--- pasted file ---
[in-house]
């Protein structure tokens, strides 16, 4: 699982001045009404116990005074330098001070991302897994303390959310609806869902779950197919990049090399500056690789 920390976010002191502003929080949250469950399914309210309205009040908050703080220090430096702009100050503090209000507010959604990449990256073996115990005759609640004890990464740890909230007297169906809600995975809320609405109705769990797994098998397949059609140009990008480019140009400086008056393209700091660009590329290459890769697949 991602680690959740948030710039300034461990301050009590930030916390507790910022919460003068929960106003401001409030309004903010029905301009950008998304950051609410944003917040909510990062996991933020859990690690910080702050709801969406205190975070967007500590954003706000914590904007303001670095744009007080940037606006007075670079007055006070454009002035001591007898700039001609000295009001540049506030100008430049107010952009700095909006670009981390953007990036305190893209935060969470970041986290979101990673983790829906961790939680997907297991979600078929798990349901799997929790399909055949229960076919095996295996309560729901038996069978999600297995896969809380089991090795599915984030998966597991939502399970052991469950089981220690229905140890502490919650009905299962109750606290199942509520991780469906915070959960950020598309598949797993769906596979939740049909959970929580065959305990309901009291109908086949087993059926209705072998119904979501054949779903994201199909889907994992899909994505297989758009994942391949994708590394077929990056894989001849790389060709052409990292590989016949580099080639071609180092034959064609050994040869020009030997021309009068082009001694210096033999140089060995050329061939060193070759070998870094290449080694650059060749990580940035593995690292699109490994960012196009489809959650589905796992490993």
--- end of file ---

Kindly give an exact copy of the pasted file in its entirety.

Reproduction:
[in-house]
């Protein structure tokens, strides 16, 4: 699982001045009404116990005074330098001070991302897994303390959310609806869902779950197919990049090399500056690789 920390976010002191502003929080949250469950399914309210309205009040908050703080220090430096702009100050503090209000507010959604990449990256073996115990005759609640004890990464740890909230007297169906809600995975809320609405109705769990797994098998397949059609140009990008480019140009400086008056393209700091660009590329290459890769697949 991602680690959740948030710039300034461990301050009590930030916390507790910022919460003068929960106003401001409030309004903010029905301009950008998304950051609410944003917040909510990062996991933020859990690690910080702050709801969406205190975070967007500590954003706000914590904007303001670095744009007080940037606006007075670079007055006070454009002035001591007898700039001609000295009001540049506030100008430049107010952009700095909006670009981390953007990036305190893209935060969470970041986290979101990673983790829906961790939680997907297991979600078929798990349901799997929790399909055949229960076919095996295996309560729901038996069978999600297995896969809380089991090795599915984030998966597991939502399970052991469950089981220690229905140890502490919650009905299962109750606290199942509520991780469906915070959960950020598309598949797993769906596979939740049909959970929580065959305990309901009291109908086949087993059926209705072998119904979501054949779903994201199909889907994992899909994505297989758009994942391949994708590394077929990056894989001849790389060709052409990292590989016949580099080639071609180092034959064609050994040869020009030997021309009068082009001694210096033999140089060995050329061939060193070759070998870094290449080694650059060749990580940035593995690292699109490994960012196009489809959650589905796992490993």